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dc.contributor.advisor Farina, Dario Prof. Dr. Dr.
dc.contributor.author Paredes Calderon, Liliana Patricia
dc.date.accessioned 2016-11-29T10:54:46Z
dc.date.available 2016-11-29T10:54:46Z
dc.date.issued 2016-11-29
dc.identifier.uri http://hdl.handle.net/11858/00-1735-0000-002B-7CC3-B
dc.language.iso eng de
dc.rights.uri http://creativecommons.org/licenses/by-nc-nd/4.0/
dc.subject.ddc 610 de
dc.title Functional and Robust Human-Machine Interface for Robotic-Assisted Therapy of the Shoulder after Stroke de
dc.type doctoralThesis de
dc.contributor.referee Paulus, Walter Prof. Dr.
dc.date.examination 2016-11-21
dc.description.abstracteng The majority of individuals with stroke experience problems with the upper extremity, of which paresis is most common. The use of robotics in upper limb therapy is increasingly popular, as it can deliver intensive and functional arm rehabilitation. This thesis describes the development of a functional and robust myoelectric control interface for the pneumatic shoulder RehaARM robot, using electromyographic biofeedback, and the design of a therapeutic approach for shoulder treatment after stroke with this technology. The therapeutic approach has been evaluated in a phase II clinical trial . The developed interface goes beyond the state-of-the-art technologies for upper limb therapy in clinical research because it is capable of online myoelectric control of the robot with three degrees of freedom (DoF), supporting shoulder movements. Myoelectric control has been applied only in systems providing 1-DoF movements for the elbow or wrist. The developed RehaARM system surpasses previously developed systems in the number of actuated DoF. More importantly, the developed myoelectric control interface is transferable to other active-assistive robots for upper limb therapy. The thesis also describes novel neurophysiological measurements for evaluating the effectiveness of the treatment with the RehaARM system and presents their correlation with the most commonly used clinical impairment and activity upper limb scales. The resulting system has been tested on both healthy volunteers and stroke patients and has been compared with the commercially used torque (force) control. Our experimental studies confirm the benefit of the developed myoelectric control interface for the RehaARM robot. RehaARM with myoelectric control achieved equally desirable effects on muscle activation, namely synergistic activation (muscle recruitment) and modulation of activation levels as torque (force) control. Results showed that severely, moderately and mildly impaired patients were able to successfully control the RehaARM system with myoelectric control with greater ease than torque control for task-specific shoulder training. Myoelectric control was used by severely impaired patients who have very low residual voluntary forces which are rarely detectable by commercially available robots. For all patients, there was a monotonic increase in the movement completion rate over multiple sessions that showed improvement in voluntary control. The therapeutic approach with the RehaARM myoelectric interface significantly improved both motor control (FMA-UE) and activity (FIM) scores. The difference between effects of robotic and conventional therapy alone – comparable dose and dosage – was not significant. This is in agreement with the evidence found in the scientific literature. Based on the FMA-UE scores, the sample sizes needed to determine the effectiveness of the treatment were similar for conventional therapy (n = 27, p<0.05; power = 0.8) and RehaARM therapy (n = 28, p<0.05; power = 0.8). The results of clinical and neurophysiological assessments in this clinical trial can be used to compare this therapy’s effectiveness with future randomized clinical trials of upper limb therapies in terms of effect size of the treatment. Based on the results, the use of the RehaARM robot is continued and its commercial implementation is currently being explored. de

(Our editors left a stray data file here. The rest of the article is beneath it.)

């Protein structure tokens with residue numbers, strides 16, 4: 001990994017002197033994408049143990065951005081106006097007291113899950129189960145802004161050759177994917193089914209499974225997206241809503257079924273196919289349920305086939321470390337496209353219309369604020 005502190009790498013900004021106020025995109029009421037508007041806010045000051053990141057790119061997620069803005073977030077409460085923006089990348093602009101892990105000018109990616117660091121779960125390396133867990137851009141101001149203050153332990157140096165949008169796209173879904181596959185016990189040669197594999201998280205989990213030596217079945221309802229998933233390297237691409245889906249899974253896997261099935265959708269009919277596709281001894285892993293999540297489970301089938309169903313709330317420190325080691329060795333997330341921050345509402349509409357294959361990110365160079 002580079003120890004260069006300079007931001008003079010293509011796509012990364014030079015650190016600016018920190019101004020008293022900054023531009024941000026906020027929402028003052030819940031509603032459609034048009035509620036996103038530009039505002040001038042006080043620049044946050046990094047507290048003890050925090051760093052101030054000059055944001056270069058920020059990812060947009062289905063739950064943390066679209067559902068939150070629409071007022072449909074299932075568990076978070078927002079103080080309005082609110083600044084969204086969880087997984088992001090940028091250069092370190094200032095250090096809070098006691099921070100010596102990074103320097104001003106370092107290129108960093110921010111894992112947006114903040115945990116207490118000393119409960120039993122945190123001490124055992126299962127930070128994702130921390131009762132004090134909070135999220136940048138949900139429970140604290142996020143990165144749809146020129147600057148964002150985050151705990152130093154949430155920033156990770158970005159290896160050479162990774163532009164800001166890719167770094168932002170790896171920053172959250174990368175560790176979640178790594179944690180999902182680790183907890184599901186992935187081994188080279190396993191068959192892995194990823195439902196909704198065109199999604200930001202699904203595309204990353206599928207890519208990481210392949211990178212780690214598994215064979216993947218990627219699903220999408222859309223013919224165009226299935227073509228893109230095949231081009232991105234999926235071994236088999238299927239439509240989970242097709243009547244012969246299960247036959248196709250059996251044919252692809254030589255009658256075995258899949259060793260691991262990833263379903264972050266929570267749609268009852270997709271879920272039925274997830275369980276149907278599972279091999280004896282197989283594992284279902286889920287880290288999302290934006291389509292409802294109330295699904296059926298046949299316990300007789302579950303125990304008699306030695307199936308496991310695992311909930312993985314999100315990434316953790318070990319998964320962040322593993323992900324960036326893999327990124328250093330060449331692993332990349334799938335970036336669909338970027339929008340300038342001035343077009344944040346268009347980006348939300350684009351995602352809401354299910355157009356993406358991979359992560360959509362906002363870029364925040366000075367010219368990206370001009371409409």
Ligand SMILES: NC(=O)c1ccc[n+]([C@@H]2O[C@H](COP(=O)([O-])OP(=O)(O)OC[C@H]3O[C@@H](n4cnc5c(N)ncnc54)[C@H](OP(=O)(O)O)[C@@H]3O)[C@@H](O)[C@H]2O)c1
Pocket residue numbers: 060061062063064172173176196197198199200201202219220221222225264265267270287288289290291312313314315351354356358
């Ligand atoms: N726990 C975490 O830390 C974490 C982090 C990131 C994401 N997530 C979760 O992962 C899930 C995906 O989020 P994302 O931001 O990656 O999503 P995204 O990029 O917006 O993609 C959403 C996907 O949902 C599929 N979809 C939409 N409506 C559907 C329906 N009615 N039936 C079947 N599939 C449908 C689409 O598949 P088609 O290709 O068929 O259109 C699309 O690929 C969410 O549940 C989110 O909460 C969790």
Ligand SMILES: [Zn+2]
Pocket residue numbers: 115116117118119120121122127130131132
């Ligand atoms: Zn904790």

dc.contributor.coReferee Reggiani, Monica Prof. Dr.
dc.subject.eng Stroke de
dc.subject.eng Upper-limb therapy de
dc.subject.eng Robot-assisted therapy de
dc.subject.eng Myoelectric control de
dc.subject.eng EMG-biofeedback de
dc.subject.eng Closed-loop control de
dc.subject.eng Pneumatic robot de
dc.subject.eng Pilot-clinical trial de
dc.identifier.urn urn:nbn:de:gbv:7-11858/00-1735-0000-002B-7CC3-B-2
dc.affiliation.institute Medizinische Fakultät de
dc.subject.gokfull Medizin (PPN619874732) de
dc.identifier.ppn 873444086

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